Communion of children


In ancient times in the Eastern Church infants received Communion immediately after Baptism; in the West it was common to communicate them in the hour of death. The Fourth Lateran Council (1215) and the Council of Trent laid the precept of Paschal Communion and Viaticum on children after attaining the years of discretion. Responsibility for the fulfilment of this precept by younger children rests mainly on their parents or guardians. Before the age of discretion (about seven years) they are not to be given Communion. Yet in danger of death they may receive, if they are able to distinguish the Holy Eucharist from ordinary bread and reverently adore it. Outside the case of the danger of death, it is necessary that they have a deeper knowledge of Christian doctrine, and that they approach Holy Communion with due reverence. The judgment on their sufficient disposition is left to the confessor and parents or guardians. The parish priest is to watch that children be neither admitted too soon nor kept back too long from the reception of Communion. It was the intention of Pope Pius X that the First Communion be received privately with parents; then after fuller instruction and more complete preparation all children, who have already received privately, be admitted to solemn Communion, held once or twice a year.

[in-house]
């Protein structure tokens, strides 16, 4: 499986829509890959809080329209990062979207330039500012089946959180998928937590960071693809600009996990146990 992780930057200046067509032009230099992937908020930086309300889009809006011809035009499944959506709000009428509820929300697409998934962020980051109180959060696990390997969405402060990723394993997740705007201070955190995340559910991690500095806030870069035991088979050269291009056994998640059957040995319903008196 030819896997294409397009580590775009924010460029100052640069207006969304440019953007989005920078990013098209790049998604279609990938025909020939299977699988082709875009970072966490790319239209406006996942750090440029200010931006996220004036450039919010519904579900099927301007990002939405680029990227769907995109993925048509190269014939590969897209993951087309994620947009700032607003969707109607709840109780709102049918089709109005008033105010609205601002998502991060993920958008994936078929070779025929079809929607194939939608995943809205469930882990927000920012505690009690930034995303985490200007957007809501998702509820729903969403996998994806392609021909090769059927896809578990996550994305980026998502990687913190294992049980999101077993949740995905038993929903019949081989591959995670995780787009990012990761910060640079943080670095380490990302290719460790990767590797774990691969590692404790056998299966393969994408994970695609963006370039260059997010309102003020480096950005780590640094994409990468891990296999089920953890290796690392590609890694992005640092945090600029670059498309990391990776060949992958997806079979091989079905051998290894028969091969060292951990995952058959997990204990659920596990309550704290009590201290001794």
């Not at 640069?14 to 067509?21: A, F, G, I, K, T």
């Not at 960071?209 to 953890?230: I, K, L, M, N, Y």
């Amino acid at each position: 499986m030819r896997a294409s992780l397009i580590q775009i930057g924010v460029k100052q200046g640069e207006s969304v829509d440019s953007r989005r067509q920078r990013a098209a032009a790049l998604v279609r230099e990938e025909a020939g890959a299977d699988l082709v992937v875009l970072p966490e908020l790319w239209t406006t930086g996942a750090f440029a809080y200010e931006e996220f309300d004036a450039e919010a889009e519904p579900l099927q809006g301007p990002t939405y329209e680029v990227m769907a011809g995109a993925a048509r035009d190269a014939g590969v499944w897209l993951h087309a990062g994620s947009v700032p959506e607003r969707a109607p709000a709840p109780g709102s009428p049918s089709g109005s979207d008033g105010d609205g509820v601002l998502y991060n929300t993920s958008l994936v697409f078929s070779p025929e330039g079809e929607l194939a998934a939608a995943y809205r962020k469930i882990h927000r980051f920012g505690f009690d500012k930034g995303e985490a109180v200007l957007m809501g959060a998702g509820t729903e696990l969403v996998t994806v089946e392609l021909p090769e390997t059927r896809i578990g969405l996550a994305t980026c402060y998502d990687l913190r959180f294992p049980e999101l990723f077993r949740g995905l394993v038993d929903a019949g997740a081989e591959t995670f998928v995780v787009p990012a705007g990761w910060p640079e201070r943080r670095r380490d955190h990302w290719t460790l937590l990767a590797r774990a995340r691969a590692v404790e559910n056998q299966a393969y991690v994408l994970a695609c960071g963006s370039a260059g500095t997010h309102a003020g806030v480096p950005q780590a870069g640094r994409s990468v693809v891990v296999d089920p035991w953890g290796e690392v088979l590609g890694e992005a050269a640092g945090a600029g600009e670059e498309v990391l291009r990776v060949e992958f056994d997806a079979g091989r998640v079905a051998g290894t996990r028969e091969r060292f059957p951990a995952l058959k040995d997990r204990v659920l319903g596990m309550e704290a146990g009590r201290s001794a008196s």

MLA Citation

  • “Communion of children”. New Catholic Dictionary. CatholicSaints.Info. 20 December 2010. Web. 24 January 2019. <>